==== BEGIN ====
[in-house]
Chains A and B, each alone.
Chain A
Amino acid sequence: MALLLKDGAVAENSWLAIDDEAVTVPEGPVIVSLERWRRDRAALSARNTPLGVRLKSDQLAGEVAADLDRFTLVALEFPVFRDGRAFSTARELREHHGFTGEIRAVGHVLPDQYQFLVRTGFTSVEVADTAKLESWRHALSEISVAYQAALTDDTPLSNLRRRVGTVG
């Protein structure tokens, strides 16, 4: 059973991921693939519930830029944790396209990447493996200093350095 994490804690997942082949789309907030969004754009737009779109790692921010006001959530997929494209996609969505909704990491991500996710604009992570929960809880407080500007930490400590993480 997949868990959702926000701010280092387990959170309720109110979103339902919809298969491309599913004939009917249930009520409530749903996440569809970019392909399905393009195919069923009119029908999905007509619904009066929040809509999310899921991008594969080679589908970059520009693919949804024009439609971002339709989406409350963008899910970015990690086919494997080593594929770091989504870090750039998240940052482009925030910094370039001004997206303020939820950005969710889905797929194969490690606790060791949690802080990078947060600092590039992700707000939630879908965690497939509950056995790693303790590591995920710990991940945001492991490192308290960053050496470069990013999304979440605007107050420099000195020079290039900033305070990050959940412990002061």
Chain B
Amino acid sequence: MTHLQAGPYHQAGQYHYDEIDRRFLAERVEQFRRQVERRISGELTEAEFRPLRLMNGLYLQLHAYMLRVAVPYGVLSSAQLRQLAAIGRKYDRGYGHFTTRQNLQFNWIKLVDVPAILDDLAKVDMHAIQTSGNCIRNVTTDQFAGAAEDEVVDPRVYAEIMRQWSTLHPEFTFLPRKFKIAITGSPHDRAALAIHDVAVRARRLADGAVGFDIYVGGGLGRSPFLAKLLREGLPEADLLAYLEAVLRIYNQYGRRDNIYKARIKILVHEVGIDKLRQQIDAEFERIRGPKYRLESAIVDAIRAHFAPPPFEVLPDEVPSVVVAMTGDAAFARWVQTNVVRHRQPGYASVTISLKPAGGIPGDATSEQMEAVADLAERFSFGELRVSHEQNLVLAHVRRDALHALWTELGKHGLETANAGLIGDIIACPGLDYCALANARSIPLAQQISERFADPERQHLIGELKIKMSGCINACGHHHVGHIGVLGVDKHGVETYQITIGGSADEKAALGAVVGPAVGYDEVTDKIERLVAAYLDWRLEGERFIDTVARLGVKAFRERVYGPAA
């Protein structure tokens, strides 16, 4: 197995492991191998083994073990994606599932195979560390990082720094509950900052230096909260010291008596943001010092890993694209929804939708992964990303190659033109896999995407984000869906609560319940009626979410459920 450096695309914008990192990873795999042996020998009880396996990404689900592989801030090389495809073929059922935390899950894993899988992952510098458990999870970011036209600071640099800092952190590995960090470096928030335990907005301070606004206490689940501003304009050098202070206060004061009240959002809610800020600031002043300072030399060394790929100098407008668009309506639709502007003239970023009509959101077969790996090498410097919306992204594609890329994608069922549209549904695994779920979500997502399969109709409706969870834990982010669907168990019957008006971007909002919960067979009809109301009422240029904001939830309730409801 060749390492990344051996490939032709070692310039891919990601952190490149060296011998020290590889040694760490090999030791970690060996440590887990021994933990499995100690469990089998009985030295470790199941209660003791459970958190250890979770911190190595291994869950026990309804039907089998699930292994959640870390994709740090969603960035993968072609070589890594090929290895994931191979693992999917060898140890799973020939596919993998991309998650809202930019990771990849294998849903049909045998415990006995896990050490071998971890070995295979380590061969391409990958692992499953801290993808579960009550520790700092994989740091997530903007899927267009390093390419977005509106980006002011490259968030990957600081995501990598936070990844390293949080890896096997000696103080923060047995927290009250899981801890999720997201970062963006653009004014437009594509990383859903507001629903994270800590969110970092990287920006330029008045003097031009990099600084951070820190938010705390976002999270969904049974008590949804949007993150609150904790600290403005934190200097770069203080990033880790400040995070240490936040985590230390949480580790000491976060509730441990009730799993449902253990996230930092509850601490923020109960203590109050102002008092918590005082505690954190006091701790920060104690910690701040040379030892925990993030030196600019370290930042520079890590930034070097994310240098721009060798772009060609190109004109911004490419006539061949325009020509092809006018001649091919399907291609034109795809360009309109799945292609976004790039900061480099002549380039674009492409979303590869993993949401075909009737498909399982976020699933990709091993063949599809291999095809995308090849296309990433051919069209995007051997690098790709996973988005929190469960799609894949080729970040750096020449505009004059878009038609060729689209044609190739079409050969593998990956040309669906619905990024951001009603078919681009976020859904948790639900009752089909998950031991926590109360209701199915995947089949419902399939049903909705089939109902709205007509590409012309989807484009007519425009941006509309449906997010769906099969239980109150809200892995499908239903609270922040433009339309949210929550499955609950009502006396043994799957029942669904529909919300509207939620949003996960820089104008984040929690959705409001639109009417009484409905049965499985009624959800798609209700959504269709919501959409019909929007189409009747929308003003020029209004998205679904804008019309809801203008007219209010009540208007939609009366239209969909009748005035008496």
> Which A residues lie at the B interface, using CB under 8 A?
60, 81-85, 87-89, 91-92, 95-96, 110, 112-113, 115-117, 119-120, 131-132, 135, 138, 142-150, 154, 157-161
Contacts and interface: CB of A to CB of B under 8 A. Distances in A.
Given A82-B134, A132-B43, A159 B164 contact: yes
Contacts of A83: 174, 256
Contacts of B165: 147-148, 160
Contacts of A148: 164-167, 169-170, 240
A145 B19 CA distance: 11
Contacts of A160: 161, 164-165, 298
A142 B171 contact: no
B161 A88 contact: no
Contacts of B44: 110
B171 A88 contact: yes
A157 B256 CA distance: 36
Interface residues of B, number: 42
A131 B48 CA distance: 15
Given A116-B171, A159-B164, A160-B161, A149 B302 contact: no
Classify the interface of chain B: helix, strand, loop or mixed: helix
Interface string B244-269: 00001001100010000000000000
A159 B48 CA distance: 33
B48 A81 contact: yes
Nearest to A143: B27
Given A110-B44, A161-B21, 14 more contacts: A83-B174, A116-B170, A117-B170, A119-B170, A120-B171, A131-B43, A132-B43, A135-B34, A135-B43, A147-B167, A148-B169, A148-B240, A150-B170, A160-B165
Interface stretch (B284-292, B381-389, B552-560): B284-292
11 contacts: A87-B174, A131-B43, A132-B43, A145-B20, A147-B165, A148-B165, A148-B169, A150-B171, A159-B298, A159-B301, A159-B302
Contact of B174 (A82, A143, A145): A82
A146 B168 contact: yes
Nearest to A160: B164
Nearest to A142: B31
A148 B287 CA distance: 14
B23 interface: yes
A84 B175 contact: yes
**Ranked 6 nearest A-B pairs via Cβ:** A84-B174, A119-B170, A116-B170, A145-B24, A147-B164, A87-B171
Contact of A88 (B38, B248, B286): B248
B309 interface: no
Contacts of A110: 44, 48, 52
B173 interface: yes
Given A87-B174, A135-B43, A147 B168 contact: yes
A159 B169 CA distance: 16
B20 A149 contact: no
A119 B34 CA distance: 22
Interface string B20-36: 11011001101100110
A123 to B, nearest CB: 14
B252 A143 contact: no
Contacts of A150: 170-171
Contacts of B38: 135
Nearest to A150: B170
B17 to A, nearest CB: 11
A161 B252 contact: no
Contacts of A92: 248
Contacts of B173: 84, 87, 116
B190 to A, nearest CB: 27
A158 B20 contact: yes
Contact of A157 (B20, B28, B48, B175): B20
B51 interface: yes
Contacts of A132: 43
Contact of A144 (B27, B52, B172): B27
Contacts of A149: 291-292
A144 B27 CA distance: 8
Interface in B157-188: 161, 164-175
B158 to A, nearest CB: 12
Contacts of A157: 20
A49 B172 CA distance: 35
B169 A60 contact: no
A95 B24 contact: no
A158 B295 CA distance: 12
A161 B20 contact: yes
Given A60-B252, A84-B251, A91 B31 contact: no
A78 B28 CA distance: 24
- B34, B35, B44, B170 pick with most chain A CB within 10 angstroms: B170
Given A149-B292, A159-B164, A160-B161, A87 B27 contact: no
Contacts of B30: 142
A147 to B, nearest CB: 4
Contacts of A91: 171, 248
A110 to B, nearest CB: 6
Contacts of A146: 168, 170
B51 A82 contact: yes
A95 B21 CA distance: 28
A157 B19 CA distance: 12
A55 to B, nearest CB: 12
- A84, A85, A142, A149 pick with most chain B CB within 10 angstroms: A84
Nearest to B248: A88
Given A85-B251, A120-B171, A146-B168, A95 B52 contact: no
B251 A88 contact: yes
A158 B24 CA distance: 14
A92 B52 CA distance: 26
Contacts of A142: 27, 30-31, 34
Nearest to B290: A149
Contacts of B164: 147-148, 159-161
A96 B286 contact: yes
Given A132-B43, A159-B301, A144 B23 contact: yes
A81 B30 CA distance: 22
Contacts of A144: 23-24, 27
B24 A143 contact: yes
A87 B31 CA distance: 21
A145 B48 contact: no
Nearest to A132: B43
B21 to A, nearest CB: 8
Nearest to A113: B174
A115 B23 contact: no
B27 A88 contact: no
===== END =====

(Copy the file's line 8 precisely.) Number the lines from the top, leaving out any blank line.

């Protein structure tokens, strides 16, 4: 197995492991191998083994073990994606599932195979560390990082720094509950900052230096909260010291008596943001010092890993694209929804939708992964990303190659033109896999995407984000869906609560319940009626979410459920 450096695309914008990192990873795999042996020998009880396996990404689900592989801030090389495809073929059922935390899950894993899988992952510098458990999870970011036209600071640099800092952190590995960090470096928030335990907005301070606004206490689940501003304009050098202070206060004061009240959002809610800020600031002043300072030399060394790929100098407008668009309506639709502007003239970023009509959101077969790996090498410097919306992204594609890329994608069922549209549904695994779920979500997502399969109709409706969870834990982010669907168990019957008006971007909002919960067979009809109301009422240029904001939830309730409801 060749390492990344051996490939032709070692310039891919990601952190490149060296011998020290590889040694760490090999030791970690060996440590887990021994933990499995100690469990089998009985030295470790199941209660003791459970958190250890979770911190190595291994869950026990309804039907089998699930292994959640870390994709740090969603960035993968072609070589890594090929290895994931191979693992999917060898140890799973020939596919993998991309998650809202930019990771990849294998849903049909045998415990006995896990050490071998971890070995295979380590061969391409990958692992499953801290993808579960009550520790700092994989740091997530903007899927267009390093390419977005509106980006002011490259968030990957600081995501990598936070990844390293949080890896096997000696103080923060047995927290009250899981801890999720997201970062963006653009004014437009594509990383859903507001629903994270800590969110970092990287920006330029008045003097031009990099600084951070820190938010705390976002999270969904049974008590949804949007993150609150904790600290403005934190200097770069203080990033880790400040995070240490936040985590230390949480580790000491976060509730441990009730799993449902253990996230930092509850601490923020109960203590109050102002008092918590005082505690954190006091701790920060104690910690701040040379030892925990993030030196600019370290930042520079890590930034070097994310240098721009060798772009060609190109004109911004490419006539061949325009020509092809006018001649091919399907291609034109795809360009309109799945292609976004790039900061480099002549380039674009492409979303590869993993949401075909009737498909399982976020699933990709091993063949599809291999095809995308090849296309990433051919069209995007051997690098790709996973988005929190469960799609894949080729970040750096020449505009004059878009038609060729689209044609190739079409050969593998990956040309669906619905990024951001009603078919681009976020859904948790639900009752089909998950031991926590109360209701199915995947089949419902399939049903909705089939109902709205007509590409012309989807484009007519425009941006509309449906997010769906099969239980109150809200892995499908239903609270922040433009339309949210929550499955609950009502006396043994799957029942669904529909919300509207939620949003996960820089104008984040929690959705409001639109009417009484409905049965499985009624959800798609209700959504269709919501959409019909929007189409009747929308003003020029209004998205679904804008019309809801203008007219209010009540208007939609009366239209969909009748005035008496």